LSAT and Law School Admissions Forum

Get expert LSAT preparation and law school admissions advice from PowerScore Test Preparation.

General questions relating to the LSAT or LSAT preparation.
User avatar
 nss210__
  • Posts: 1
  • Joined: Feb 05, 2024
|
#105193
I took my fifth attempt in January 2024. My score was a 155 and I was averaging 165-167 on my practice tests. My dad informed me my grandmother was diagnosed with dementia an hour before my exam. Unfortunately, this affected my performance and I had a severe panic attack during my exam. I emailed an appeal to LSAC after my exam to register for the August 2024 exam. They responded saying they aren’t reviewing appeals for the 2024-2025 exams yet and I should resubmit my appeal in May.

I’ve heard mixed reviews about students getting their appeals rejected or accepted. Would it be worth consulting with a professional in order to get, in some sense, an advocate for my appeal? I don’t have any evidence supporting my situation and am very committed to taking the LSAT again. My reasoning for wanting to take the August exam is to give myself ample time to both study for this exam and adjust to my grandmother’s illness.

I also have ADHD and Dyslexia and have been testing without accommodations. In the past, I asked my parents if I could consult a professional, but they refused to cover my appointment and I repeatedly fell under their pressure to test without them. I didn’t mention this in my appeal as I didn’t think it to be a strong enough reason. I actually thought it would hurt my case in that it took me 5 tries to really advocate for accommodations for myself.

Any advice on how I should go about this?
User avatar
 Stephanie Oswalt
PowerScore Staff
  • PowerScore Staff
  • Posts: 811
  • Joined: Jan 11, 2016
|
#105321
nss210__ wrote: Mon Feb 05, 2024 1:25 pm I took my fifth attempt in January 2024. My score was a 155 and I was averaging 165-167 on my practice tests. My dad informed me my grandmother was diagnosed with dementia an hour before my exam. Unfortunately, this affected my performance and I had a severe panic attack during my exam. I emailed an appeal to LSAC after my exam to register for the August 2024 exam. They responded saying they aren’t reviewing appeals for the 2024-2025 exams yet and I should resubmit my appeal in May.

I’ve heard mixed reviews about students getting their appeals rejected or accepted. Would it be worth consulting with a professional in order to get, in some sense, an advocate for my appeal? I don’t have any evidence supporting my situation and am very committed to taking the LSAT again. My reasoning for wanting to take the August exam is to give myself ample time to both study for this exam and adjust to my grandmother’s illness.

I also have ADHD and Dyslexia and have been testing without accommodations. In the past, I asked my parents if I could consult a professional, but they refused to cover my appointment and I repeatedly fell under their pressure to test without them. I didn’t mention this in my appeal as I didn’t think it to be a strong enough reason. I actually thought it would hurt my case in that it took me 5 tries to really advocate for accommodations for myself.

Any advice on how I should go about this?
Hi nss210,

Thanks for the post, and so sorry to hear about your grandmother.

The best thing to do here is follow any appeal guidelines LSAC has and submit any documentation possible, such as a doctor's letter regarding your panic attack, if you have one. Unfortunately, LSAC has the final say here and there's not much we can advise beyond that.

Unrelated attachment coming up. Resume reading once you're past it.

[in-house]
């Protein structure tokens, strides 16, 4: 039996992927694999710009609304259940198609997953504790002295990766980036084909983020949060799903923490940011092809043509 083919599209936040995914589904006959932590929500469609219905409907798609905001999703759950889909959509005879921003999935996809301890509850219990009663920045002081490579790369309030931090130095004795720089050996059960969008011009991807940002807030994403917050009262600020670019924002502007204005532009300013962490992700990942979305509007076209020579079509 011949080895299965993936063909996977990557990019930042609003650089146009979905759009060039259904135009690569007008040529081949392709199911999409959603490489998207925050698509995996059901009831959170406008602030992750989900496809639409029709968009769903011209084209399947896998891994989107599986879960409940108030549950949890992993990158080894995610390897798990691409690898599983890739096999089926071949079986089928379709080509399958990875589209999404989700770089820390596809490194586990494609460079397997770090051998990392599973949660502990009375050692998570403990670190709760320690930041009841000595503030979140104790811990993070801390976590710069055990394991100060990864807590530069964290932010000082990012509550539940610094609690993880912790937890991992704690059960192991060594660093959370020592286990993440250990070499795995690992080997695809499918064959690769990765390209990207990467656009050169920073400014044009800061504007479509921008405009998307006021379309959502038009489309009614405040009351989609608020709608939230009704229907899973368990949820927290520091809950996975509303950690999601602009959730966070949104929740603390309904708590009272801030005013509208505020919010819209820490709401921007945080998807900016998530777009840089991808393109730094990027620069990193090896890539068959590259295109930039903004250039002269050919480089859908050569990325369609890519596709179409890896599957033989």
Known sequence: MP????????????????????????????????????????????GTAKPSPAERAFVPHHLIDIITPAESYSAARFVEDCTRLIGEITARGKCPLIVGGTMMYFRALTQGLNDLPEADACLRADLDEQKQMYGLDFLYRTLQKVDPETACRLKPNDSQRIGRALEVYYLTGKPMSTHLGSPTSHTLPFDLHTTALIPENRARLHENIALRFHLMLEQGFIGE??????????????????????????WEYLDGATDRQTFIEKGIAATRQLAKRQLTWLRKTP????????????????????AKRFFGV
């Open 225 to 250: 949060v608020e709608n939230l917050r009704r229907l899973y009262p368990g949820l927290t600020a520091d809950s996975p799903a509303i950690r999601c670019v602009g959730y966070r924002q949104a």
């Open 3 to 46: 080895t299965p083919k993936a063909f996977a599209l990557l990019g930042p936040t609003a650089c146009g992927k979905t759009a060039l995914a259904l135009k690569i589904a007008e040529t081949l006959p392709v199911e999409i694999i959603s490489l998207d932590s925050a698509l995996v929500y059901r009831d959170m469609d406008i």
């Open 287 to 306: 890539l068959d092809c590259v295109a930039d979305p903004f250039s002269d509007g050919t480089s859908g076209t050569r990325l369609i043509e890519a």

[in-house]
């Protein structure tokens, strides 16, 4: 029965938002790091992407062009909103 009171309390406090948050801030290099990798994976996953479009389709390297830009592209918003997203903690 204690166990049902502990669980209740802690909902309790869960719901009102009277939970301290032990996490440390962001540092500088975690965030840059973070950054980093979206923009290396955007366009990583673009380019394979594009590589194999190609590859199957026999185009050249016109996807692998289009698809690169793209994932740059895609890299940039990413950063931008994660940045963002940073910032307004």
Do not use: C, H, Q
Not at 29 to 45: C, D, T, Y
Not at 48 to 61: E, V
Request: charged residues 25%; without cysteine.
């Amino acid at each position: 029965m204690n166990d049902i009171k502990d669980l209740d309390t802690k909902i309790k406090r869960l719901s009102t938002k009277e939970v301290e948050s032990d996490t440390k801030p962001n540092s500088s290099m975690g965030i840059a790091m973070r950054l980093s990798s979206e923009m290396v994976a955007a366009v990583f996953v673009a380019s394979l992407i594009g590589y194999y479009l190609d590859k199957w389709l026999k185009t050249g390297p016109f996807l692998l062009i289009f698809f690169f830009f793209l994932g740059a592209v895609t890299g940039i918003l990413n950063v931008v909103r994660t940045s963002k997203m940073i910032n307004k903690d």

Documentation is helpful for appeals such as these, and it sounds like you may not have it for the first situation. Thus, I think your second point regarding accommodations might have more weight for an appeal in this case. If you are able to seek professional consultation and receive documentation for your ADHD and Dyslexia, that may help.

Thanks. Hope it works out!
User avatar
 splashbaboon
  • Posts: 1
  • Joined: Mar 14, 2024
|
#105655
nss210__ wrote: Mon Feb 05, 2024 1:25 pm I took my fifth attempt in January 2024. My score was a 155 and I was averaging 165-167 on my practice tests. My dad informed me my grandmother was diagnosed with dementia an hour before my exam. Unfortunately, this affected my performance and I had a severe panic attack during my exam. I emailed an appeal to LSAC after my exam to register for the August 2024 exam. They responded saying they aren’t reviewing appeals for the 2024-2025 exams yet and I should resubmit my appeal in May.

I’ve heard mixed reviews about students getting their appeals rejected or accepted. Would it be worth consulting with a professional in order to get, in some sense, an advocate for my appeal? I don’t have any evidence supporting my situation and am very committed to taking the LSAT again. My reasoning for wanting to take the August exam is to give myself ample time to both study for this exam and adjust to my grandmother’s illness.

I also have ADHD and Dyslexia and have been testing without accommodations. In the past, I asked my parents if I could consult a professional, but they refused to cover my appointment and I repeatedly fell under their pressure to test without them. I didn’t mention this in my appeal as I didn’t think it to be a strong enough reason. I actually thought it would hurt my case in that it took me 5 tries to really advocate for accommodations for myself.

Any advice on how I should go about this?
Even though I can't help you, I'm very sad to hear about the problems you're having. Hope you will have luck and someone will help you.

Get the most out of your LSAT Prep Plus subscription.

Analyze and track your performance with our Testing and Analytics Package.